However, it is morally and ethically wrong to discriminate without such a rational basis. This duty is especially imperative for those of us in the sex-positive community given how often, and how capriciously, we are discriminated against. And it is here that I take issue.

Bornstein characterizes the situation as discrimination to protect “self-perceived safety.” And Matisse is sufficiently impressed with Bornstein’s qualifications – she is a well-educated academic who uses gender-neutral pronouns (even if ze slips up sometimes) – that Matisse is inclined to accept this characterization “on faith.” But I am not. I can get pretty academic myself, and we theologians have a term-of-art for this claim of “self-perceived safety”: bulls**t.

To suggest that anyone with a penis poses an inherent threat to the personal safety of all women is the absolute worst sort of Dworkinist caricature, it bears absolutely no relation to objective reality, and is frankly so ridiculous that I refuse to engage it seriously.

As for the more nebulous part of the argument, “self-perception” – after all, who am I to tell women what they perceive? – there are two objections. Firstly, for us to be willing to indulge the “perceived” needs of others, there must be some requirement of reasonableness. After all, if we started honoring the perceived needs of paranoid schizophrenics, or Glenn Beck, the world would rapidly become unlivable.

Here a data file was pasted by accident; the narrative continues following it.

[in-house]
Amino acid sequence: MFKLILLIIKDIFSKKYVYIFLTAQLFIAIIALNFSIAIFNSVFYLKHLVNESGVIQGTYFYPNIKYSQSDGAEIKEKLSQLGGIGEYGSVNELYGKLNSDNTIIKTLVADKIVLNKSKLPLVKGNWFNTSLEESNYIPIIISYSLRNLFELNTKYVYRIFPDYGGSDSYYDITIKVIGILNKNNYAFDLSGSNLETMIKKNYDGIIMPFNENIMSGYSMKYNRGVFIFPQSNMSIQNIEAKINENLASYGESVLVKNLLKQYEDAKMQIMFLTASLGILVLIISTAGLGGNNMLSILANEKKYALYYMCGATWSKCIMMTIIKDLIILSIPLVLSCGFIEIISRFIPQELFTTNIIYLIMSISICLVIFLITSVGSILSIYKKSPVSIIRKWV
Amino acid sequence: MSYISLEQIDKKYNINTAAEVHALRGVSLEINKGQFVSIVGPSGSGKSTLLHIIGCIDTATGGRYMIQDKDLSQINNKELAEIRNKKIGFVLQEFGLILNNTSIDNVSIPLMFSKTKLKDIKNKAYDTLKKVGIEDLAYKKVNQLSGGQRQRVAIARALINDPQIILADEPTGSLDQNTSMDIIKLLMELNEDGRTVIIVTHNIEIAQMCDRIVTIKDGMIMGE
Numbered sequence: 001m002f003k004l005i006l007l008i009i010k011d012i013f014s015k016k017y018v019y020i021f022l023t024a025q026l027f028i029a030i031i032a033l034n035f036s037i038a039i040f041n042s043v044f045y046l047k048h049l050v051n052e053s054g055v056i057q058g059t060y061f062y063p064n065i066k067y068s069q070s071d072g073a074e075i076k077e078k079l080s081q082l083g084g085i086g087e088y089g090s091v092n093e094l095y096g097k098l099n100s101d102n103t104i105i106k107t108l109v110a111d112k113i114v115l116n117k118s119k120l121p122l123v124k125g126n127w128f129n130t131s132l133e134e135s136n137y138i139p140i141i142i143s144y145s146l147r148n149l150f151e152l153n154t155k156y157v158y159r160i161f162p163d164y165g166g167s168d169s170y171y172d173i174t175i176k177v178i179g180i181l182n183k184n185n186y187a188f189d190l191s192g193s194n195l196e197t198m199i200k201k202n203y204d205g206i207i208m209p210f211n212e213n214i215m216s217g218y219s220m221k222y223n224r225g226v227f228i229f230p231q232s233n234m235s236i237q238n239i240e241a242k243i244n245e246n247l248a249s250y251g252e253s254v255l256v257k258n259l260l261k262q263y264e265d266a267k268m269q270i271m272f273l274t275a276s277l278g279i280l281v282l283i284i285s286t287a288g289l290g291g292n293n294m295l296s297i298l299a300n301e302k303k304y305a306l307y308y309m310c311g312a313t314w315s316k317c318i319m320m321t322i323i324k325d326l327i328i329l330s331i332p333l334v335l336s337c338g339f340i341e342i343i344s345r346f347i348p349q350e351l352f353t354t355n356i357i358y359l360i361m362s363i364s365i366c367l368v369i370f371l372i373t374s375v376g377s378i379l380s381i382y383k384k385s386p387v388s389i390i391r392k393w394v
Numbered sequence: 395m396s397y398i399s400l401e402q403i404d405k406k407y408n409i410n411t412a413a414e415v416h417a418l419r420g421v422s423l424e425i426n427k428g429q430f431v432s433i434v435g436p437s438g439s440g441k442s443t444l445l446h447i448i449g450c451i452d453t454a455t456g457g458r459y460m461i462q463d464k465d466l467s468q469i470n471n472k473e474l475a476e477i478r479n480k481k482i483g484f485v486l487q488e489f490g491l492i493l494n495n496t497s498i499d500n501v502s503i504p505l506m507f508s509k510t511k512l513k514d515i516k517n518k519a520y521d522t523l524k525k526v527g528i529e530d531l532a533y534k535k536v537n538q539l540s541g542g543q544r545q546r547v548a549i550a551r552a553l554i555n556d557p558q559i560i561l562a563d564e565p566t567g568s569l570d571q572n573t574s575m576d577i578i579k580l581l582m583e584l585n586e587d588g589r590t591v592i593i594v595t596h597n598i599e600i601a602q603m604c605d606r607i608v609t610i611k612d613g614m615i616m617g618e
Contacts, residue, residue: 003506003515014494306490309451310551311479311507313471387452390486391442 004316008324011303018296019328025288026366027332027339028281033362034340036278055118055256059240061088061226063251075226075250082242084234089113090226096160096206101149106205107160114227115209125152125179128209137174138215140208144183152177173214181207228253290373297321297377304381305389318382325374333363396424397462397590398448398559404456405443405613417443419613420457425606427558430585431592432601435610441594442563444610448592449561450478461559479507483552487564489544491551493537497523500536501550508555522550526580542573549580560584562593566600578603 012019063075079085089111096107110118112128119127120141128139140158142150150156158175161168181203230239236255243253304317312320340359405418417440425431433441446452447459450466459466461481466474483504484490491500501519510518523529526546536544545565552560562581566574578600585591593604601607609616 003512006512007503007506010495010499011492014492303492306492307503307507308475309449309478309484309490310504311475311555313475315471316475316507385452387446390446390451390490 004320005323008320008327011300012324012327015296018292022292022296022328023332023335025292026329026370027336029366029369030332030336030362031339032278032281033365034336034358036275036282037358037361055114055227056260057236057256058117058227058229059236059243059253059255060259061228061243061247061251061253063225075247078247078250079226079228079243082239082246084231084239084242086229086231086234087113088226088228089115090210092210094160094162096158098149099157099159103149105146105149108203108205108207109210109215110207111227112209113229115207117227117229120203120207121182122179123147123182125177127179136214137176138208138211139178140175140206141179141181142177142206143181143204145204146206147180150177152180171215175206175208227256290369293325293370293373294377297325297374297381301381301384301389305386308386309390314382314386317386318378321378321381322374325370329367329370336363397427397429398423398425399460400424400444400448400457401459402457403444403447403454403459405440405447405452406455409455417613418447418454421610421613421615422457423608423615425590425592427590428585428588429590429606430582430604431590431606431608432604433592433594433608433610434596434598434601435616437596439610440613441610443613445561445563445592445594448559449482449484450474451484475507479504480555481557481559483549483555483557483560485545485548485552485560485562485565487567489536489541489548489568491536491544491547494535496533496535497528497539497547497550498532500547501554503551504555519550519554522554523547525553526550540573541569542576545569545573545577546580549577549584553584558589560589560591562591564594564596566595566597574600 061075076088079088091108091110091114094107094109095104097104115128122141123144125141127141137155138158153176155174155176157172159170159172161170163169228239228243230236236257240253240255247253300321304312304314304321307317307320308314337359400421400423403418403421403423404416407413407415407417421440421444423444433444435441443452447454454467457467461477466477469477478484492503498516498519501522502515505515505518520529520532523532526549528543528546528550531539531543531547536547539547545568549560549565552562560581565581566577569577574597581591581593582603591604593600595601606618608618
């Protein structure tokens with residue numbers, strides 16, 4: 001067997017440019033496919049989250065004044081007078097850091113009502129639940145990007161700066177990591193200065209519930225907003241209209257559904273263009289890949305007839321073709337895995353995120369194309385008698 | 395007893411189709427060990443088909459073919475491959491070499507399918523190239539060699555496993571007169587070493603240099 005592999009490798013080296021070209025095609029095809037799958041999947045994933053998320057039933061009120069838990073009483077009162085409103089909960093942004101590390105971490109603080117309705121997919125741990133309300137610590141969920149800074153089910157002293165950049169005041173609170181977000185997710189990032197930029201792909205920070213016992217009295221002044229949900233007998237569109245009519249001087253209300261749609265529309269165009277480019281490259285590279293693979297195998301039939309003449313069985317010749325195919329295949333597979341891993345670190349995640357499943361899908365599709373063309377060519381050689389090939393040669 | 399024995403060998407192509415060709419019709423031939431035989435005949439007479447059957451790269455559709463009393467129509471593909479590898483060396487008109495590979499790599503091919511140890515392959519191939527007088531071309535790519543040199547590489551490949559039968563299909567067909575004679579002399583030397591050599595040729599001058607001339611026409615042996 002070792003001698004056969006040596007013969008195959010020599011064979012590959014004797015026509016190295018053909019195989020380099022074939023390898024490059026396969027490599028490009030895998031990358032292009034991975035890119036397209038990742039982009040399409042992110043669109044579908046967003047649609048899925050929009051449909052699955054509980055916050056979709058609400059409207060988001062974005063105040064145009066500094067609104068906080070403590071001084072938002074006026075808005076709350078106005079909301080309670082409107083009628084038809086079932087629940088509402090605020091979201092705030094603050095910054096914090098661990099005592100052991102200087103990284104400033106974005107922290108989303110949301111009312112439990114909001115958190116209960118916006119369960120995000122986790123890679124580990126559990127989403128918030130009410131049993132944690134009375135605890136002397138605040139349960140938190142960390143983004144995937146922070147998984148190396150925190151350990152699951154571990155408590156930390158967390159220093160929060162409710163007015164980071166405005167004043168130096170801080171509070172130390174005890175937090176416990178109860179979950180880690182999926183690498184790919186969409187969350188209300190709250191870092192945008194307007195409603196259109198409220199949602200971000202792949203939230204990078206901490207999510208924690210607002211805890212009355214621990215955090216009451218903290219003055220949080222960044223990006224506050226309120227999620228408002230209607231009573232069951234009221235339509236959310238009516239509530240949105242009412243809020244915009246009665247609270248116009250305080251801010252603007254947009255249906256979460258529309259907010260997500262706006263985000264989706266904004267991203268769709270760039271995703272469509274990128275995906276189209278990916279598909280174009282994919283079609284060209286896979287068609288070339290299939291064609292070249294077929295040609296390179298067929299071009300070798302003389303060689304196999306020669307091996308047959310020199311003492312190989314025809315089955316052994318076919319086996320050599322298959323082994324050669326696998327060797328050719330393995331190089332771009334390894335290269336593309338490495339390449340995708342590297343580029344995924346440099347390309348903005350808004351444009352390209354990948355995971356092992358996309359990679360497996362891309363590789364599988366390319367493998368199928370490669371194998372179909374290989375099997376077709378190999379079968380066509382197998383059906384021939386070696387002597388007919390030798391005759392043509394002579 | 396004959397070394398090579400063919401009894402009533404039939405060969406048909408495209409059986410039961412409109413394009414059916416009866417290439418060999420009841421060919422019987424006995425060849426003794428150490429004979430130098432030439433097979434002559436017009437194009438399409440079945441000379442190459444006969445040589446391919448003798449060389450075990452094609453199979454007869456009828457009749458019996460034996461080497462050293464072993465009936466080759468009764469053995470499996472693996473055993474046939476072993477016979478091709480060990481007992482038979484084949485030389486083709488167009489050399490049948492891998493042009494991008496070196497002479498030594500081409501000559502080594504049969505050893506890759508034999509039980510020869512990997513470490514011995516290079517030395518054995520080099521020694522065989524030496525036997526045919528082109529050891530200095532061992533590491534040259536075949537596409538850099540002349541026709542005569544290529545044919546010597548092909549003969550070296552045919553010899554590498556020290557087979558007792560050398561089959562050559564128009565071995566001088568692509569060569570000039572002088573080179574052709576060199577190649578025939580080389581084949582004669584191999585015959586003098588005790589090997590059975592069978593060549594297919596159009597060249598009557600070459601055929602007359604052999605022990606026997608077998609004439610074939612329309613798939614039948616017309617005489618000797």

Moreover, this claim of “self-perceived” safety has the intellectual consistency of day-old grits. The fact that these women choose to live in modern society means that they have chosen to deal with men. At work. At the grocery store. Even at the occasional women’s basketball game. They do not “self-perceive” enough danger to move to a rural lesbian commune. But they’re suddenly scared to go to a regulated play-space with sixty other lesbians because a dude might be watching? Please.

Let’s be clear what we’re talking about. Lesbians don’t want dirty men getting voyeuristic pleasure from watching them. They think it’s icky. Not, as Seinfeld would say, that there’s anything wrong with that – I’m a proud, card-carrying member of the Penises Are Icky Club (PAIC). But let’s be honest: we’re talking about comfort. Not safety.